The YouTube robbery of conservatives and others who built businesses relying on YouTube’s terms of service is mentioned but not covered.
I thought the YouTube robbery of their creators was never going to be covered. But The Hill finally reported on what conservatives and libertarians have been outraged by for the past month: “Online right fumes after YouTube ad crackdown.” As you can tell from the headline, not only is the story way late, but the Hill makes the conservative reaction the story rather than YouTube’s bait and switch. They offered a platform then took it away after people invested time and money in it.
And their appeal system is useless.
Always glad to see my videos are in fact friendly for all advertisers, AFTER they've received 90% of the views they'll get. pic.twitter.com/oTKgxP9SZW
— Matt Christiansen (@MLChristiansen) September 28, 2017
According to the Hill,
Luke Rudkowski, a YouTube video creator who has made his name chronicling various far-right figures, released a video on Aug. 10 claiming that hundreds of his videos had been demonetized at the beginning of the month, effectively killing his ability to make money on the platform.
“I haven’t even been cursing in any of my videos,” Rudkowski said, acknowledging that many of his videos are controversial. “And then YouTube invites people for this platform, which I joined and put my entire life into. And then YouTube just says, ‘You know? We’re going to change our terms and services.’”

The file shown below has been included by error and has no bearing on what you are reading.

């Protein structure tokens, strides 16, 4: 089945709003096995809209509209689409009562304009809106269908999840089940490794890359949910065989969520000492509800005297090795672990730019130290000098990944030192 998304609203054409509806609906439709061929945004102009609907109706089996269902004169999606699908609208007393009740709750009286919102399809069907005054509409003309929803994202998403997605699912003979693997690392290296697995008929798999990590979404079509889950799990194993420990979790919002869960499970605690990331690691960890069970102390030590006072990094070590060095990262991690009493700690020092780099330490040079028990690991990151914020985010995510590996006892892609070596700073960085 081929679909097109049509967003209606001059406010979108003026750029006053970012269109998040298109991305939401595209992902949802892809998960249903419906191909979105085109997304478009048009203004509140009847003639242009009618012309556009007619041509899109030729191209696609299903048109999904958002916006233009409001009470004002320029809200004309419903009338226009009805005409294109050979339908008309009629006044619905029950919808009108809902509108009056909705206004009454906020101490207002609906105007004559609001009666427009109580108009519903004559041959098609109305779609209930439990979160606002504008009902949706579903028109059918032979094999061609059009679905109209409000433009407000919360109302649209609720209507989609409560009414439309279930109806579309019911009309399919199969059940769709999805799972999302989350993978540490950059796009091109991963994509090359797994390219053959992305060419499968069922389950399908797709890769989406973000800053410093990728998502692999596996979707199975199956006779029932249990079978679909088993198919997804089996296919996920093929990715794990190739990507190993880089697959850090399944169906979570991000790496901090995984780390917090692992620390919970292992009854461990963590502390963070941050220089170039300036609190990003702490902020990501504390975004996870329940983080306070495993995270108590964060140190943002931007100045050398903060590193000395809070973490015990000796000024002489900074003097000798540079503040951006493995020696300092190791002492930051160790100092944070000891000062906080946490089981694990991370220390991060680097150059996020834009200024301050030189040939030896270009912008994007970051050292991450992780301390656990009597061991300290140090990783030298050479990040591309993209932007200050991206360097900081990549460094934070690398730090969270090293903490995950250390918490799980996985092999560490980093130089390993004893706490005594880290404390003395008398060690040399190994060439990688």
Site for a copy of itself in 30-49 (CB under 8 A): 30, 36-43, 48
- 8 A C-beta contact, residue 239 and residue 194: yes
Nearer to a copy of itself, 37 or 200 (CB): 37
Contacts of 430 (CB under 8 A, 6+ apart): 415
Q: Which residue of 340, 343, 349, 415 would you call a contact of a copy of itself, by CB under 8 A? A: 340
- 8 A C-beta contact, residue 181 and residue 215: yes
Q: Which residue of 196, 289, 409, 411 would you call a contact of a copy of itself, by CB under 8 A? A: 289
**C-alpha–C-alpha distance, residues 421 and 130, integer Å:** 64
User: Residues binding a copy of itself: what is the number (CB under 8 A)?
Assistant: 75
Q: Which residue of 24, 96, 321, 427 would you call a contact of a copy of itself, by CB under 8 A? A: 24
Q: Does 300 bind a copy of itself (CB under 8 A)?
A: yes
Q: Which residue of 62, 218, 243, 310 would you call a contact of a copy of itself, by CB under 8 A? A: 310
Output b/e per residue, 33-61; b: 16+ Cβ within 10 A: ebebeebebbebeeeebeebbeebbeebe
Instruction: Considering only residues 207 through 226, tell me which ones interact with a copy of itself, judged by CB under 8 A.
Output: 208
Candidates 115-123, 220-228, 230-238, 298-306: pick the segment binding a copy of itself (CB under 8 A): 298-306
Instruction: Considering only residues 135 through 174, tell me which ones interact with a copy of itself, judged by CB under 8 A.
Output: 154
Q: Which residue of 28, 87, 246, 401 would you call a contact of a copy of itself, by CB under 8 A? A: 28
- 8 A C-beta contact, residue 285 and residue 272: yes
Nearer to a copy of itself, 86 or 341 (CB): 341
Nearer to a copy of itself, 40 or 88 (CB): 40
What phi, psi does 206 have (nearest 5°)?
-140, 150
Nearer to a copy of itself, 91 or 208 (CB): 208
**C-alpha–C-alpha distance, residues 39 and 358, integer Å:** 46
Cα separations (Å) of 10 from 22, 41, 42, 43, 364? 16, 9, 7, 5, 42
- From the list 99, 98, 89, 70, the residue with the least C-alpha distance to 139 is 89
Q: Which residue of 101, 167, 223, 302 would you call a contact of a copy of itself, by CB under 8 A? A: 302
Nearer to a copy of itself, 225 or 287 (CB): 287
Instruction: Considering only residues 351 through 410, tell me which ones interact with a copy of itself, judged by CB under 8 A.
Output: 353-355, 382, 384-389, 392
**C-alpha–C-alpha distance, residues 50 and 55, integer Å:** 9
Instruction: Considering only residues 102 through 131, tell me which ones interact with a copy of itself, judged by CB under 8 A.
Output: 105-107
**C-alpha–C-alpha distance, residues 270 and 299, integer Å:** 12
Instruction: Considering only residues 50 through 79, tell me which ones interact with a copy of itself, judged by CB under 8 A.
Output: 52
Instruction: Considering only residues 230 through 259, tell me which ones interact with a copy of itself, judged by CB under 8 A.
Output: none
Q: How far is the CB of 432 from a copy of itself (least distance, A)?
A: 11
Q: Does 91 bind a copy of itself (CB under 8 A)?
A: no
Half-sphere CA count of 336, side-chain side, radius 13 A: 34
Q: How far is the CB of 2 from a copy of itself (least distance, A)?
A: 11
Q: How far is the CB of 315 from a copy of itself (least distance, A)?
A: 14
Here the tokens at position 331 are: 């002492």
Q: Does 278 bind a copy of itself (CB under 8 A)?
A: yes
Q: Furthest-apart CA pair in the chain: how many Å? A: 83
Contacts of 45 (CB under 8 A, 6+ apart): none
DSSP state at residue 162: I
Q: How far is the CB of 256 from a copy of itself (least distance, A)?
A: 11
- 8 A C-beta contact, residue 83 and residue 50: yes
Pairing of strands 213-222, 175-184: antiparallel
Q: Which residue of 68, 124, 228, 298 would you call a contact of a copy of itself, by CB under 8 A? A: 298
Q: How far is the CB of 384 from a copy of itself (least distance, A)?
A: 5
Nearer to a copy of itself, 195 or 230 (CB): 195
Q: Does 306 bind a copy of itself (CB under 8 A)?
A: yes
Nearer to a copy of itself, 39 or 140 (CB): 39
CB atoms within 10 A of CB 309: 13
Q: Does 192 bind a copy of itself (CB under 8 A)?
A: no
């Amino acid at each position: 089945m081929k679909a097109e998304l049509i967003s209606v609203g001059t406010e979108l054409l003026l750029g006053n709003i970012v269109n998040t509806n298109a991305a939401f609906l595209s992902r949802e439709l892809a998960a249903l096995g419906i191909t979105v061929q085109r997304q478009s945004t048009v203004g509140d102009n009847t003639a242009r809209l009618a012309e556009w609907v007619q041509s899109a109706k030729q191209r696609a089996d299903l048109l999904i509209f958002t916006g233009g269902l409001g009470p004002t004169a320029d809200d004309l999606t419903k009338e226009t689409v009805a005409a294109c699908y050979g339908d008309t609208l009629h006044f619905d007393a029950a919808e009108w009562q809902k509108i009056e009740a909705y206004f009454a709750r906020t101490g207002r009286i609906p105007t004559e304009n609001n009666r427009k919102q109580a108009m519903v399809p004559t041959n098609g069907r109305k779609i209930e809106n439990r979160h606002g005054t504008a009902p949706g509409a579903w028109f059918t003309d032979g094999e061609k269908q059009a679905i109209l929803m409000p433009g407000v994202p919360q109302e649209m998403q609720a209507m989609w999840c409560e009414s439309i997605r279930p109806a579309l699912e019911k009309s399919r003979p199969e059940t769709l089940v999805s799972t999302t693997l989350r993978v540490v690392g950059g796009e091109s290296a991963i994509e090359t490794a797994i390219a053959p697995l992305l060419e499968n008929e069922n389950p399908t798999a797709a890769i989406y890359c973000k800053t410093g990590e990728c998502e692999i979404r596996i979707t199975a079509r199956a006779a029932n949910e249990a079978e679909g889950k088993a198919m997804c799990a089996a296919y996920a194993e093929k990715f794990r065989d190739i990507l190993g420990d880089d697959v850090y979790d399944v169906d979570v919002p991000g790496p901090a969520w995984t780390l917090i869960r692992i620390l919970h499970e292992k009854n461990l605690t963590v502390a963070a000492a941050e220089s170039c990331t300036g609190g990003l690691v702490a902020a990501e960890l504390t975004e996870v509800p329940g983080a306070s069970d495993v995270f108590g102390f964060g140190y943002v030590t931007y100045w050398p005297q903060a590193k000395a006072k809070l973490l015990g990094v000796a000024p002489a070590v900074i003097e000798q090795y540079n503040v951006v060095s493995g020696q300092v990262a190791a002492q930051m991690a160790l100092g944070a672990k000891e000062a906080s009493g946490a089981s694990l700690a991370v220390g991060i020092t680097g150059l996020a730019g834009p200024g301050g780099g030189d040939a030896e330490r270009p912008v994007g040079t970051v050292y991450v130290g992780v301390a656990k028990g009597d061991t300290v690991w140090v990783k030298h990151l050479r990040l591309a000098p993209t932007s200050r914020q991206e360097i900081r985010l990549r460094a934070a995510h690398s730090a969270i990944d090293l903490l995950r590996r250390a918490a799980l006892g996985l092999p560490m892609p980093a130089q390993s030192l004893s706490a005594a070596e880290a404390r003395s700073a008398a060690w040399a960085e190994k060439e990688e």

YouTube says that while it respects principles of free speech, its policies are aimed at making sure advertisers’ needs are met.
“There’s a difference between the free expression that lives on YouTube and the content that brands have told us they want to advertise against,” a YouTube spokesperson said. “Part of giving advertisers choice means giving them the choice to not run ads on sensitive content.”
The company said that creators who feel that their content was incorrectly classified can file an appeal with Youtube.
But “Diamond and Silk,” two prominent YouTube creators who were hit hard by the site’s demonetization policies, believe they were targeted for their support for President Trump.
“How was it OK to monetize our videos for the past two years and now those same videos are no longer eligible for monetization?” the two women, who have also appeared regularly on Fox News, asked.
Pertinent facts, such as YouTube giving organizations like the ADL authority to decide what counts as hate speech, are missing from this whitewash. Nor the fact that their mistreatment of creators penalizes them though they do not violate their terms of service,
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